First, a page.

If I ever had time to write that autobiography that Eddie, Johnny, and Marko have asked for, it would be called "Confessions of a Failure."
And nor do I mean anything particularly negative by that negative-sounding title. I mean only that my life appears to have been a series of undertakings, each of which I have imagined as being something ultimate - and each of which has been, viewed purely in temporal terms, at best incomplete, and in reality a failure (my friend Alan Creak, a sometime-reader of this blog, will recall the World's Best Shortwave Receiver).
In June, 1966, accepting that my intention of being the World's Best Astronomer had not panned out, I set out to be the World's Best Yapese Linguist (choosing a sufficiently-small pond to aim at being a Big Frog in).
"[sigh!]Oh, well - ok. Where's my informant?"
That was what I asked Don, when I had accepted that I would be working on (yuck!) Yapese.
"Uh ... you'll have to go find one."
Right. OK, I'll just go out into the street and ...
Well, Don did give me a little help. I just try talking to students at the East-West Centre - there would be some Yapese students there.
I went to the East-West Centre and, sure enough, there were Yapese students there. Almost immediately I found out something about Yapese young people: they were unwilling to say 'no' to me about anything.
Barbara Leeguroy was the student I talked with. She was a student there, and, yes, she would be glad to work as my linguistic informant. I would have to talk with ... well, someone, I have forgotten who, but someone in charge of the programme that she was there with ... about permissions.
"Mr Jensen, students on the [whatever-it-was] grant programme are not allowed to work more than 15 hours per week." This in addition to the fact that, once the summer's full-time job creating language lessons was finished, there was to be the actual training of Peace Corps Volunteers.
I had, by this time, met a number of Yapese students at the East-West Centre. They were all sympathetic, but they were all on the same programme, and, yes, they had known about the 15-hour-per-week restriction.
But ... hey! one of them remembered one student whose marks had fallen below standard. He was not going to be able to continue with his engineering studies, and was to return to Yap - oh, maybe he is already gone?
'Phone calls. No, he hasn't left yet, but he is just packing to leave this evening. You had better hurry over to his apartment and talk to him.
Thus a long relationship began between me, eventually also with Susan, and John Iou - one of the co-authors of the two books that he and I, with Pugram and Defeg, wrote about Yapese: "Yapese Reference Grammar" and "Yapese-English Dictionary" (apparently some hopeful person is offering copies of the former at US$60 on Amazon - if you are hot for a copy, I can do you a deal).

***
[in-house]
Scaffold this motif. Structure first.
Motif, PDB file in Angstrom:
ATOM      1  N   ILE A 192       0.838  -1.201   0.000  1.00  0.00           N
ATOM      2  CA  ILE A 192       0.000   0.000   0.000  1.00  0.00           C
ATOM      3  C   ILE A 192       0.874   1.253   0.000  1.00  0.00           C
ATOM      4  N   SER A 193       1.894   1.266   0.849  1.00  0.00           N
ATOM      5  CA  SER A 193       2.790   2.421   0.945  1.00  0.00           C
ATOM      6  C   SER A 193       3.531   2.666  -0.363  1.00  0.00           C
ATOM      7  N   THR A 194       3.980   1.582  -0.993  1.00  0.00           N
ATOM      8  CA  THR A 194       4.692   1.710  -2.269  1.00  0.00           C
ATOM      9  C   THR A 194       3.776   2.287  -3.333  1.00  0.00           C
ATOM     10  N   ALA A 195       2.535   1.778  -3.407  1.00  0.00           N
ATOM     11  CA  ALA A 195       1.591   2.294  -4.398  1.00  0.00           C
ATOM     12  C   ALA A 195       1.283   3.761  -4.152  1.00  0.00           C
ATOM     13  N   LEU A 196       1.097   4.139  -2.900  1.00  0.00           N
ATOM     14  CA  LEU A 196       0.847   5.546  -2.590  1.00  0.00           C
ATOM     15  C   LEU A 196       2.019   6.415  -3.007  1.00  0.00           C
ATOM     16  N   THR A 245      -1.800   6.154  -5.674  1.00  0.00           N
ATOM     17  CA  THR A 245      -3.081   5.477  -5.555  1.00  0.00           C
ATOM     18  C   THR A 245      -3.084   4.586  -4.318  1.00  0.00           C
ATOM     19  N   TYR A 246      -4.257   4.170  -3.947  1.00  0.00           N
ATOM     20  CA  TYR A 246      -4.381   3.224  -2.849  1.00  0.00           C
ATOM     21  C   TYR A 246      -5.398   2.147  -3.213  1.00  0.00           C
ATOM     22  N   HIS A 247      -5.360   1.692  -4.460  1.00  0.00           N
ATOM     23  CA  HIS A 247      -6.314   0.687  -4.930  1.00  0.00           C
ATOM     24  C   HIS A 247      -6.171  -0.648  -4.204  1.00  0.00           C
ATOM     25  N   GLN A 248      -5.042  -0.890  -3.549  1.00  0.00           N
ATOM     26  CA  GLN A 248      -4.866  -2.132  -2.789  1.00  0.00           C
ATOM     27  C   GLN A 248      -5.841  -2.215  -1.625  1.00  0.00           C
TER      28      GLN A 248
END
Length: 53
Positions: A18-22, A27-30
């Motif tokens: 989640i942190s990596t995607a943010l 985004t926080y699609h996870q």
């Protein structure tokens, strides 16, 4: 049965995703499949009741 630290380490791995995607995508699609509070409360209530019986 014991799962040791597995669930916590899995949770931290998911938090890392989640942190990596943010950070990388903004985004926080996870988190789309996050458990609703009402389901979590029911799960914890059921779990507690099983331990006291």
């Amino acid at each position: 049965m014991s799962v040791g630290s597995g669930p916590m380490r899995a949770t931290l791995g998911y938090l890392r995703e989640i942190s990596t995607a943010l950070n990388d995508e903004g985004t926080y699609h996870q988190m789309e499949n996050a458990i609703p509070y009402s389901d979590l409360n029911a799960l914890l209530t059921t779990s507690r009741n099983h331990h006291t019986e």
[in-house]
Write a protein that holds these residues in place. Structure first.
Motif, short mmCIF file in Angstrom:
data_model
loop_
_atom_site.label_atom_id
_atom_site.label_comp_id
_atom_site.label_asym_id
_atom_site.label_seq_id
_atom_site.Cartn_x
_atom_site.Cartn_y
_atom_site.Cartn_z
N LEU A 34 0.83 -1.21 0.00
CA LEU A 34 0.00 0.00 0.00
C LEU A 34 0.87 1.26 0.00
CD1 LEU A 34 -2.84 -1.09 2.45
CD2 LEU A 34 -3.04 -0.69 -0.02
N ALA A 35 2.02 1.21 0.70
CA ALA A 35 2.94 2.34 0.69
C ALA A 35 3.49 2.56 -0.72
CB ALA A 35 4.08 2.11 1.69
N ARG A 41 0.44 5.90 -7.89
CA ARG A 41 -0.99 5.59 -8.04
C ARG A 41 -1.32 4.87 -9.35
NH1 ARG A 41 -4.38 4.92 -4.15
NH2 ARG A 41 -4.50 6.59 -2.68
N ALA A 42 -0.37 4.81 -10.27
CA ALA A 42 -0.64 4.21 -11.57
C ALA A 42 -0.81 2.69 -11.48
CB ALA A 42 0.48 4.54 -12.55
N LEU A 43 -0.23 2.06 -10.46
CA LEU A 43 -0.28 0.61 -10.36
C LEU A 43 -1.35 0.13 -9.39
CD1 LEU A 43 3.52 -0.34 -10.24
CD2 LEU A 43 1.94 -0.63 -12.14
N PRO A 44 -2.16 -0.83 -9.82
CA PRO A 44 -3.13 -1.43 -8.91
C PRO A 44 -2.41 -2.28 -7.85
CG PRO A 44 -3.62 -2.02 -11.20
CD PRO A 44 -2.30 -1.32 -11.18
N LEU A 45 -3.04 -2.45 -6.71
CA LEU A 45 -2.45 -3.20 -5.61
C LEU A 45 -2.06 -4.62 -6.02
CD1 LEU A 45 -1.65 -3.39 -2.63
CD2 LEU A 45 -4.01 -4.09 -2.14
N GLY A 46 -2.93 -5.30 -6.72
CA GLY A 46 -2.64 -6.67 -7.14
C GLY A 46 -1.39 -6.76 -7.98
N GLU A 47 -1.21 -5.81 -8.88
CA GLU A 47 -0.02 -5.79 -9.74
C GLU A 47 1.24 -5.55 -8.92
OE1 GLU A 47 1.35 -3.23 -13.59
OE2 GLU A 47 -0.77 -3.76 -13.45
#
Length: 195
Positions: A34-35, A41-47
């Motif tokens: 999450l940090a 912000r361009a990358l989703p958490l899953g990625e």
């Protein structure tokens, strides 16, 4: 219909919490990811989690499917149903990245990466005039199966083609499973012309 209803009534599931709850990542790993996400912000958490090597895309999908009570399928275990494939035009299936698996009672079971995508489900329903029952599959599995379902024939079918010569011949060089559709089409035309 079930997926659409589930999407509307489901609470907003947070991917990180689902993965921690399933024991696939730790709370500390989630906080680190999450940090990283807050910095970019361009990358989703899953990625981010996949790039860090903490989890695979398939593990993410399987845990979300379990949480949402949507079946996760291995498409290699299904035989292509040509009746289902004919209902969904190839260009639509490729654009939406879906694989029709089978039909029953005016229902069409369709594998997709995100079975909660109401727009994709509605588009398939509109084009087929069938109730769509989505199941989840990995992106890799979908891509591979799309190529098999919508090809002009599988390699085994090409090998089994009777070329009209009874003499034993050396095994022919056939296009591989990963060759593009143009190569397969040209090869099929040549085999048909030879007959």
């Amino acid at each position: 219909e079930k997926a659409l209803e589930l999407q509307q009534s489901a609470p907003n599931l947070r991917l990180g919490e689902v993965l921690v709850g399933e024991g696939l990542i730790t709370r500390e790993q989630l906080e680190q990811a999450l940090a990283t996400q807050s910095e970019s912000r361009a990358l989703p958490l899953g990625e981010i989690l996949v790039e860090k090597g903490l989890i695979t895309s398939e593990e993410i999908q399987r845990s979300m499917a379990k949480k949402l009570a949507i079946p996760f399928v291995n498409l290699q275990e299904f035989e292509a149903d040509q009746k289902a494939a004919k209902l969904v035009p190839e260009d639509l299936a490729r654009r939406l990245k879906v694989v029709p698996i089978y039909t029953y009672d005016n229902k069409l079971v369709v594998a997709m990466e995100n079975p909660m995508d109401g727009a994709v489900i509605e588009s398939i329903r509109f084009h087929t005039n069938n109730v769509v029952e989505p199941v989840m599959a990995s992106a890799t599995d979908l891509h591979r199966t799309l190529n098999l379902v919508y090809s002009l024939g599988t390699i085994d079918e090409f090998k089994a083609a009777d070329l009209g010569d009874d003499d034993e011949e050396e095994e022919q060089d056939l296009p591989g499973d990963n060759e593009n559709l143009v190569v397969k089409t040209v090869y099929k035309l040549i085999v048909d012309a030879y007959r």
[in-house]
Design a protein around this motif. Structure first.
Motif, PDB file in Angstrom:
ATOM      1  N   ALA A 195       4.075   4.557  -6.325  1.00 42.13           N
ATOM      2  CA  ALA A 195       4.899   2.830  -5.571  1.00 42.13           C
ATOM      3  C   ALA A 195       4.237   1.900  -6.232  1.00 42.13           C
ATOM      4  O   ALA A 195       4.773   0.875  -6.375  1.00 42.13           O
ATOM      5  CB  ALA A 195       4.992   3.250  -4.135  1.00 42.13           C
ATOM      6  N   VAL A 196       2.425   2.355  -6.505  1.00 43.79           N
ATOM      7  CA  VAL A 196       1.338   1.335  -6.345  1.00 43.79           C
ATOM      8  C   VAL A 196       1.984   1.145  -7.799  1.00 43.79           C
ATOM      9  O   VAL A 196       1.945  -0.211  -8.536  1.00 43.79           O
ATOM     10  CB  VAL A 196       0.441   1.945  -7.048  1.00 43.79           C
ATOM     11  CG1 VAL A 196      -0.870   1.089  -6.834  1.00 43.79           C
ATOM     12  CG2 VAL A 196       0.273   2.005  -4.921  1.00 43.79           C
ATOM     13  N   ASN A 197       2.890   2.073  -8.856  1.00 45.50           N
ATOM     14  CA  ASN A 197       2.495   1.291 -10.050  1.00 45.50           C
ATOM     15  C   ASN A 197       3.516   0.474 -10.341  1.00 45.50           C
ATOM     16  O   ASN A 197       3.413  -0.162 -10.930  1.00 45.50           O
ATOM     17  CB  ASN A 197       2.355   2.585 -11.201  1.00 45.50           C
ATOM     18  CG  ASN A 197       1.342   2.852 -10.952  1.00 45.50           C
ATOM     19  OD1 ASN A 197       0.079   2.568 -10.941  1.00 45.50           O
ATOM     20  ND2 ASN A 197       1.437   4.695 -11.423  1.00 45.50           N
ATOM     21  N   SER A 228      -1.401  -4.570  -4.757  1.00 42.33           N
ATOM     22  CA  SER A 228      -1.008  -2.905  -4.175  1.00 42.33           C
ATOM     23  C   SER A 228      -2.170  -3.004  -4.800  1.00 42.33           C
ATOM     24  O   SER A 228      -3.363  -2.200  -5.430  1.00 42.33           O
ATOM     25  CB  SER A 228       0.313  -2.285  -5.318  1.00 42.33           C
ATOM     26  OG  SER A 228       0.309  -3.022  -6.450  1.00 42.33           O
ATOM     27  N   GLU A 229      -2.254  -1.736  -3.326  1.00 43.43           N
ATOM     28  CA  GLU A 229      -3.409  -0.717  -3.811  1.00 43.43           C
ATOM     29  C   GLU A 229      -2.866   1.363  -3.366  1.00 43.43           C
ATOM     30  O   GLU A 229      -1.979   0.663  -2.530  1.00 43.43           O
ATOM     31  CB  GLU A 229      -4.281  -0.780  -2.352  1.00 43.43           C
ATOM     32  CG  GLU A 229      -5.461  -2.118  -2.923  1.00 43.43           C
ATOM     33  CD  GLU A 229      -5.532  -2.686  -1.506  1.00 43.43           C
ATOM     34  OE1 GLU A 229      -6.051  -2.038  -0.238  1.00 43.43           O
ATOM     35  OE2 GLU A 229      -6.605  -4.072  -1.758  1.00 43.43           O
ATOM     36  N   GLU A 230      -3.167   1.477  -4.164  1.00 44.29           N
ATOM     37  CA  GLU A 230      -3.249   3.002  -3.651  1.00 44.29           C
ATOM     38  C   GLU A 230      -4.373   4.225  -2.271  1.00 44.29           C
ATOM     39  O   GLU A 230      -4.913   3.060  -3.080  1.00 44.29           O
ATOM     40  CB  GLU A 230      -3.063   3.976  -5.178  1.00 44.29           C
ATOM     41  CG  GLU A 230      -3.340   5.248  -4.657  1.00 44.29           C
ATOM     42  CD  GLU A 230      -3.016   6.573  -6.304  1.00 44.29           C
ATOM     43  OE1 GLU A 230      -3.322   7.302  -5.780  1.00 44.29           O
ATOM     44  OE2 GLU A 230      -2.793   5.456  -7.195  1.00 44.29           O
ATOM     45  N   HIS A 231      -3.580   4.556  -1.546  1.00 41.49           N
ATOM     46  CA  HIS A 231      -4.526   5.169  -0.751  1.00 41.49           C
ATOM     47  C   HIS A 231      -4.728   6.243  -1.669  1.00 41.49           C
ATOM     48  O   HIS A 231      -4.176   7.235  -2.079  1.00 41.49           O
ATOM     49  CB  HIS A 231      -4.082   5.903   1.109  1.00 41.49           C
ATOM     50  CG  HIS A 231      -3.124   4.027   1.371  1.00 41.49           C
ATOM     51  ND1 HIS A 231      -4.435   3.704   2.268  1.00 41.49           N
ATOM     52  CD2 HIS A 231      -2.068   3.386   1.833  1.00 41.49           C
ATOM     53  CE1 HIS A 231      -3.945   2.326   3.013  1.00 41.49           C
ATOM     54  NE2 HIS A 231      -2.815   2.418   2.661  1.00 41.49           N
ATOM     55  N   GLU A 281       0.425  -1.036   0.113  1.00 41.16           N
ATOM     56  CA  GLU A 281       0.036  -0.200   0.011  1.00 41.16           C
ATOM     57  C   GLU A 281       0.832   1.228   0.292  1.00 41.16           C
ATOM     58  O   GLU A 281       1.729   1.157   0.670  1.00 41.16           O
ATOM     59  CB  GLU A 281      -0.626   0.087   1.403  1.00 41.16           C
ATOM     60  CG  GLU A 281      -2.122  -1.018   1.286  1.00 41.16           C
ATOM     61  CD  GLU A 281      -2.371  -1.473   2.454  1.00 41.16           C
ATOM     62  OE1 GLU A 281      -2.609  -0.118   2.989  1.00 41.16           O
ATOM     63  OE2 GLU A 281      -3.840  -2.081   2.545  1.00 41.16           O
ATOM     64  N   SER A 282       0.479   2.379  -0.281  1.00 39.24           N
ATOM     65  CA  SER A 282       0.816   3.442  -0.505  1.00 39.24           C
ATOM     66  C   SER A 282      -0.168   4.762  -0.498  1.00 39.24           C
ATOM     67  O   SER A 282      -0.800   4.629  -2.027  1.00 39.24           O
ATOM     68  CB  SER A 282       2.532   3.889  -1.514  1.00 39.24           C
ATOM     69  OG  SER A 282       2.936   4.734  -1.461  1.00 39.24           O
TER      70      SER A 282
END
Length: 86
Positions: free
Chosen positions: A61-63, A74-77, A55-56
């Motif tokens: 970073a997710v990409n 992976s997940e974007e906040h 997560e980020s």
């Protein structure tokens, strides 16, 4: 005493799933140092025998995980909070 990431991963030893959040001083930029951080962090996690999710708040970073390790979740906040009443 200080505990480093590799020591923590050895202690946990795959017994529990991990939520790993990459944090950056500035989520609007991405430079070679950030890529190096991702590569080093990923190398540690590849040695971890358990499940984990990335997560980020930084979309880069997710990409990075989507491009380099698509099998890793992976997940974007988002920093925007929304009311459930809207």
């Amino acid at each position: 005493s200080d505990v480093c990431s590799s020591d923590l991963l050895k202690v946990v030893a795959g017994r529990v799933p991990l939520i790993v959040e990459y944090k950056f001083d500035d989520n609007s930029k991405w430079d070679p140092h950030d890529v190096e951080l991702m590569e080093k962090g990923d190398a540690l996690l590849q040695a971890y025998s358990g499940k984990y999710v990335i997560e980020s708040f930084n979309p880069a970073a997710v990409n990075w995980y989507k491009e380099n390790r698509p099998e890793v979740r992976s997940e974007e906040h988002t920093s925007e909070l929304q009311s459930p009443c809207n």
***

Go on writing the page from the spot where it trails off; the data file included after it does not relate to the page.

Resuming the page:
Iou ... I should point out here, since Yapese names will recur throughout these posts covering the next twenty years or so - that Yapese naming is not - or was not; there are signs of changes in the westernisation of Yap - structured like English. English names have, at least, a "first name" and "last name." The last name - well, except for politically-motivated reasons - is inherited from the father. It is the "family name." The first name is the person's name itself.
Yapese persons do not have family names. What looks to us like a first name is actually a baptismal name. So Iou's name is Iou (pronounced, by the way, like the 'Yo-'' in 'Yo-ho-ho'). I myself was always 'Jensen' - and so forth.
Iou - to get back to my story - was in fact waiting for his ride to the airport when I showed up. We talked. His view appeared to be, "Oh, well, I really don't want to go home without my degree. Here's a job. Maybe that will be fun." Iou and I were given an office, a typewriter, one which was able to type IPA letters, and we started in to work.
And Iou became effectively a part of my and Edna's - and Kathleen's - lives. Over the next two years, I suppose Iou was at our house at least once a week - often more. He and I used to go fishing (mask, snorkel, and spear - not pole and line) pretty much every week-end - bringing home dead creatures that Edna was supposed to deal with
When, in August, possibly mid-July, we were banished by Don Topping to Kaua'i, not to be allowed to return to Honolulu, until we had finished the 20 (I think it was) Yapese language lessons that had to be done before teaching, I wonder whether he still thought it was fun.